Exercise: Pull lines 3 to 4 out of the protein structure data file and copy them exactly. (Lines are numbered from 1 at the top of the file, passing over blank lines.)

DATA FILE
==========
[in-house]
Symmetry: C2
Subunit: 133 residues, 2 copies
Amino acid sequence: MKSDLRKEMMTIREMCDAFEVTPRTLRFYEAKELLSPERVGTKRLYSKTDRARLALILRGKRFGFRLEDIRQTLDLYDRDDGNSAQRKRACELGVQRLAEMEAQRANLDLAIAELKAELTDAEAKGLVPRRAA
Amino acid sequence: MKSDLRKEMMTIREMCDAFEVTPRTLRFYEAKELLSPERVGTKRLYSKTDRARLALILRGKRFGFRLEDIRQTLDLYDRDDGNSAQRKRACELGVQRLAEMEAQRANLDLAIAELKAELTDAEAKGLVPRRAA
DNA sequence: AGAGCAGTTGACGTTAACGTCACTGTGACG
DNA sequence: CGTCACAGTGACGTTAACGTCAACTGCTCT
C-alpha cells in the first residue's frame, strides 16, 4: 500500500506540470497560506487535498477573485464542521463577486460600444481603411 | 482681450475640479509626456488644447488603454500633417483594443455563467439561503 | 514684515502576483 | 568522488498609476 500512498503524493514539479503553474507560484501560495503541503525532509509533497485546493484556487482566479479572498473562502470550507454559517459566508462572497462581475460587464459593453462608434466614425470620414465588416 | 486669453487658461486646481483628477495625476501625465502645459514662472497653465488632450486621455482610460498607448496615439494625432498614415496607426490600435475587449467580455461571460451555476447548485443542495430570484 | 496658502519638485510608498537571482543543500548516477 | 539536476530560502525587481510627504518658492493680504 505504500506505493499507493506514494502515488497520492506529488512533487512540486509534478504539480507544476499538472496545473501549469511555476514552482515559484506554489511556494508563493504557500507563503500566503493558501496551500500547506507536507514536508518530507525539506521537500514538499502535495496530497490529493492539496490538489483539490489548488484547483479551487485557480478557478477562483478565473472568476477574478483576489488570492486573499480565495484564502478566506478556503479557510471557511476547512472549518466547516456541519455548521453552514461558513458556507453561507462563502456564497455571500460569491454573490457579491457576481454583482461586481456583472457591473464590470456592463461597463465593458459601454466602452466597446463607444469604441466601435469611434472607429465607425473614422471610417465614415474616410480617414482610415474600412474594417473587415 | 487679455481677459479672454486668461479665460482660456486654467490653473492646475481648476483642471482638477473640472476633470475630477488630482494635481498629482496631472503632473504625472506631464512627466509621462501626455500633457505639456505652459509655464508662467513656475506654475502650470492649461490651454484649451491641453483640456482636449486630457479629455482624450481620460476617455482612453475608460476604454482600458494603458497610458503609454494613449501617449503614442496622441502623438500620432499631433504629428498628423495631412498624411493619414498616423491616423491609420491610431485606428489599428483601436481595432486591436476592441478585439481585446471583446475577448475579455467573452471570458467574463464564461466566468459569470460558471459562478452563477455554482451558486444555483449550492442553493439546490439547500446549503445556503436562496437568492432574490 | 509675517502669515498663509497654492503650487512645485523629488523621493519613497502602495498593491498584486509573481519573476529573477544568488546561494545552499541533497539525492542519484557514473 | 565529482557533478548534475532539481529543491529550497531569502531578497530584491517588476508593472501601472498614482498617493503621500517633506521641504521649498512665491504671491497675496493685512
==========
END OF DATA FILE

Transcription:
Subunit: 133 residues, 2 copies
Amino acid sequence: MKSDLRKEMMTIREMCDAFEVTPRTLRFYEAKELLSPERVGTKRLYSKTDRARLALILRGKRFGFRLEDIRQTLDLYDRDDGNSAQRKRACELGVQRLAEMEAQRANLDLAIAELKAELTDAEAKGLVPRRAA